Calling a General Meeting of a Society

The public notices column of a daily newspaper is not the usual place from which to draw inspiration, but a Saturday morning newspaper towards the end of last year provided food for thought about calling general meetings of members of societies.

Examples of general meeting notices

There were seven such notices in that newspaper – can you spot any problems (identification details have been altered)?

1.  Annual General Meeting of “A,” a Māori trust, with the place (but not the address), date, and time of meeting given, with business described as:

Renewal of lease
Treasurers Report
Partition of Urupa Easement

2. Annual General Meeting of “B,” a sports club, with the place, date, and time of meeting given, with the note:

See details www.“abc”.co.nz/“xyz”

3.  Annual General Meeting of “C,” a licensed club, with the place, date, and time of meeting given, followed by the advice that:

Financial members only able to attend this meeting

4.  Annual General Meeting of “D,” a sports club, with the only the place, date, and time of meeting given.

5.  Annual General Meeting of “E,” a Māori trust, with the place, date, and time of meeting given, with business described as:

  • Karakia
  • Apologies
  • To receive the Minutes from the last Annual General Meeting
  • To receive and consider the Balance sheet, Profit and Loss Statement, Audit and Chairman’s Report for the year ended 30 June 2011-11-13
  • To appoint an Auditor
  • To appoint a Sharevaluer
  • To authorise such distributions as the Committee may recommend and other payments pursuant to section 259 1(d) of the Te Turi Whenua Maori  Act 1993. …
  • Election of the Committee of Management …
  • General business

6.  Annual General Meeting of “F,” a sports club, with the place (but not the address), date, and time of meeting given, with business described as:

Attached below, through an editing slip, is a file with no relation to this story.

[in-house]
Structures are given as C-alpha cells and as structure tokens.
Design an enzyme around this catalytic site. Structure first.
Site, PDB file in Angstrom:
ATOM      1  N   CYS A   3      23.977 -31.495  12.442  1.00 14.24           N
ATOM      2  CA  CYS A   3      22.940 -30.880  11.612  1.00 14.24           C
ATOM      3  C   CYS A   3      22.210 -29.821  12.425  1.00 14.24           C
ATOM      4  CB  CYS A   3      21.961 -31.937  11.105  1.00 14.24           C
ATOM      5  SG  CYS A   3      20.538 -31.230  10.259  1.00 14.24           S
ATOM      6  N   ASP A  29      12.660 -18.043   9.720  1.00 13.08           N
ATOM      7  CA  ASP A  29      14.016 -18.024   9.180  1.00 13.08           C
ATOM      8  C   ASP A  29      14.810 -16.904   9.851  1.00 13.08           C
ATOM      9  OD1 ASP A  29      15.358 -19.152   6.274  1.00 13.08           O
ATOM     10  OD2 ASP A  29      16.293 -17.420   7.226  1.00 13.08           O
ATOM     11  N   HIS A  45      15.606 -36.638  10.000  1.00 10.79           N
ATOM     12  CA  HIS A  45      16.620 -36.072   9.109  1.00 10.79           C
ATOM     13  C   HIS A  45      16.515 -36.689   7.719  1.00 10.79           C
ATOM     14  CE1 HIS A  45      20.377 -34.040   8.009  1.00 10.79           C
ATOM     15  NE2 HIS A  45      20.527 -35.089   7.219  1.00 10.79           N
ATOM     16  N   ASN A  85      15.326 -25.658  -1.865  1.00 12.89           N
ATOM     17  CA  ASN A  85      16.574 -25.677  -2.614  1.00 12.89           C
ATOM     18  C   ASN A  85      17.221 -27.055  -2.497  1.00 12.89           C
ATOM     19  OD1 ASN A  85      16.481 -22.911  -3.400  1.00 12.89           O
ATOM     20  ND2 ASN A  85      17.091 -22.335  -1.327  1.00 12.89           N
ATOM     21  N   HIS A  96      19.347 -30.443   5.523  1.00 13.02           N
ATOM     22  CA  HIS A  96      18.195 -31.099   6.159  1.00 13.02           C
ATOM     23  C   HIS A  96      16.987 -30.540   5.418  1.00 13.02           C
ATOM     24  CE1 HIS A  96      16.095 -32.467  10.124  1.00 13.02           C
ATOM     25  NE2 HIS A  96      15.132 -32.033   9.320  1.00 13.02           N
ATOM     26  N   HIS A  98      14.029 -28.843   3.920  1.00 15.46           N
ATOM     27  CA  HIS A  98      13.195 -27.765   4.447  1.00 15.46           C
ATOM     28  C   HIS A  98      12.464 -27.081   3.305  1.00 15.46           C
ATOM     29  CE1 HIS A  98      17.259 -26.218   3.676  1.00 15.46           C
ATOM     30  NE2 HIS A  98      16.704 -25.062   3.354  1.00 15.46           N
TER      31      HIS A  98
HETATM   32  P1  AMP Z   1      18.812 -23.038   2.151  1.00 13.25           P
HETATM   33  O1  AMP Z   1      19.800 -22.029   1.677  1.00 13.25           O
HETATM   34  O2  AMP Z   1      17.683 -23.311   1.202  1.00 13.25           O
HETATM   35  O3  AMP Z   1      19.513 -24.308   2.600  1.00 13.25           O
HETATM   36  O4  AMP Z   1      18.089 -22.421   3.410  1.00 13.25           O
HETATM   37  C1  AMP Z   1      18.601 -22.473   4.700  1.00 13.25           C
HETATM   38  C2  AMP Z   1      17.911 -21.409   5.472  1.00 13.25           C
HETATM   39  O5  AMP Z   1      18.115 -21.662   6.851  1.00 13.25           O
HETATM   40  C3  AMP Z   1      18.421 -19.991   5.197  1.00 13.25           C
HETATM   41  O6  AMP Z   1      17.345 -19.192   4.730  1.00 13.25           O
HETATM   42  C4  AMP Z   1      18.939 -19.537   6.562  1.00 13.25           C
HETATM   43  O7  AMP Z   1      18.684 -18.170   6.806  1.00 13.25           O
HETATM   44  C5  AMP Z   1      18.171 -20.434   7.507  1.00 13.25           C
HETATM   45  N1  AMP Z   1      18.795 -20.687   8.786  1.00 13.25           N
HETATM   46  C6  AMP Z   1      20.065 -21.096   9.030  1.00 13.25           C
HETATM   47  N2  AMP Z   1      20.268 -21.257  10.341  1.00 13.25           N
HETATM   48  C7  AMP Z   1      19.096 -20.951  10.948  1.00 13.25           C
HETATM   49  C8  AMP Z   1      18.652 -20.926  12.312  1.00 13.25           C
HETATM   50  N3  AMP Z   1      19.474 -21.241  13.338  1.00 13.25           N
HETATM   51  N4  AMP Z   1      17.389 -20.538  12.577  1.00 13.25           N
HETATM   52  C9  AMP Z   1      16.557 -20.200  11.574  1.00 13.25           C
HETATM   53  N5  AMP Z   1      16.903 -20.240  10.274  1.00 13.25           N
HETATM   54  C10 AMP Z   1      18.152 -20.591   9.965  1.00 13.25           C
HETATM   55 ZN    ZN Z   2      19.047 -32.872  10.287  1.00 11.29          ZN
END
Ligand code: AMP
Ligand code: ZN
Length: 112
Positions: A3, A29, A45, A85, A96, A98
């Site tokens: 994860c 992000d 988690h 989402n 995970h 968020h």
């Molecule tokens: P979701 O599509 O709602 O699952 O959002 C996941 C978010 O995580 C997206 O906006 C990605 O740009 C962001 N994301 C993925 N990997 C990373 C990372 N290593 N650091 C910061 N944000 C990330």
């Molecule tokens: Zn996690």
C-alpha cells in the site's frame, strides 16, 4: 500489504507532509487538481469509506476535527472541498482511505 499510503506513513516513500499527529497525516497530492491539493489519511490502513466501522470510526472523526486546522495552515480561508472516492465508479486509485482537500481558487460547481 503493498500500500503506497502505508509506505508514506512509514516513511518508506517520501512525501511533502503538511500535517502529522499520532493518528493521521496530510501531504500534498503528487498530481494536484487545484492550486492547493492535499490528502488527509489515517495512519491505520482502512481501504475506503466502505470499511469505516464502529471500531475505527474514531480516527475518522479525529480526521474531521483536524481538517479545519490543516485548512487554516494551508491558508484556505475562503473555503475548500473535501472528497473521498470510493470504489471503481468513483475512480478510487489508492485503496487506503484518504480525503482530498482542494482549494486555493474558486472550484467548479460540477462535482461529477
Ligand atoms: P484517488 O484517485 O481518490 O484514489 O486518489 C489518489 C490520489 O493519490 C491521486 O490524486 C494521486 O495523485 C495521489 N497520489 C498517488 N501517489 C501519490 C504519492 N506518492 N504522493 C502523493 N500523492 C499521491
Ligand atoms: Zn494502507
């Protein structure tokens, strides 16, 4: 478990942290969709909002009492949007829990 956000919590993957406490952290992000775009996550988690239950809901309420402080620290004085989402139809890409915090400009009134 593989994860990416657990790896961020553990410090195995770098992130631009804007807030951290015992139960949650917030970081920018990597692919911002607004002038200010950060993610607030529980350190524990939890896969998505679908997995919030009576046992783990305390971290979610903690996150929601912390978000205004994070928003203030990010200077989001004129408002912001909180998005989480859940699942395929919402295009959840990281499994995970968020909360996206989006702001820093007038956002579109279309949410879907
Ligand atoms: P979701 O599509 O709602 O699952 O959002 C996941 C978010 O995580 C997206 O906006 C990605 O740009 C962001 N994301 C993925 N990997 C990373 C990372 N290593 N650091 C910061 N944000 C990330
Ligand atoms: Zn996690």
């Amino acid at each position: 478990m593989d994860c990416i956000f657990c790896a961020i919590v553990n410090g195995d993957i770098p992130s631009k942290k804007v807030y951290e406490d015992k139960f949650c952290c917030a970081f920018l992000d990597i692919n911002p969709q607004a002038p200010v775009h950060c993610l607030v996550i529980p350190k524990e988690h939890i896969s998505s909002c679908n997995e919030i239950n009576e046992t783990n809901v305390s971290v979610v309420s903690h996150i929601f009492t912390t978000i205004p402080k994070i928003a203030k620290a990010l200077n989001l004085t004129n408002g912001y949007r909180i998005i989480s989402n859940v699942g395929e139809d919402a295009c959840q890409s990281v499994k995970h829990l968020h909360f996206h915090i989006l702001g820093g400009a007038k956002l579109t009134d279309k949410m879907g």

• Minutes
  • Annual Accounts
  • Charter Review
  • Board Members

7. Special General Meeting  of “G,” a licensed club, with the place, date, and time of meeting given, with business described as:

  • Members update
  • General business

Did the notices of general meetings convey adequate information to members?

  • All notices conveyed accurate information about the place, date, and time of meeting, but in two cases the address of the place of the meeting was not given and in neither of those cases was the place directly associated with the society whose meeting was being advertised.  That could be ascertained from a telephone book, but legally the notices were defective.
  • While one would need to check the constitution of the various societies to know whether adequate information was given as required, I suspect that the only fully compliant notice was number 5 on the list above as it gave detailed information about what was to be discussed at the Annual General Meeting.  In contrast:

–  Notices 1, 2, 3, 4, and 6 failed to give detailed information.
–  Notice 2 could only be compliant if the constitution allowed the public notice to cross-reference to the club’s website (with not all people having access to, or knowing how to access, the Internet this would surprise me).
–  Notice 7 was curiously worded as the club concerned was in trouble with the liquor licensing authorities, which the “members update” may or may not have been intended to indicate.

What should be in notices of general meetings

A notice of meeting should normally include an agenda: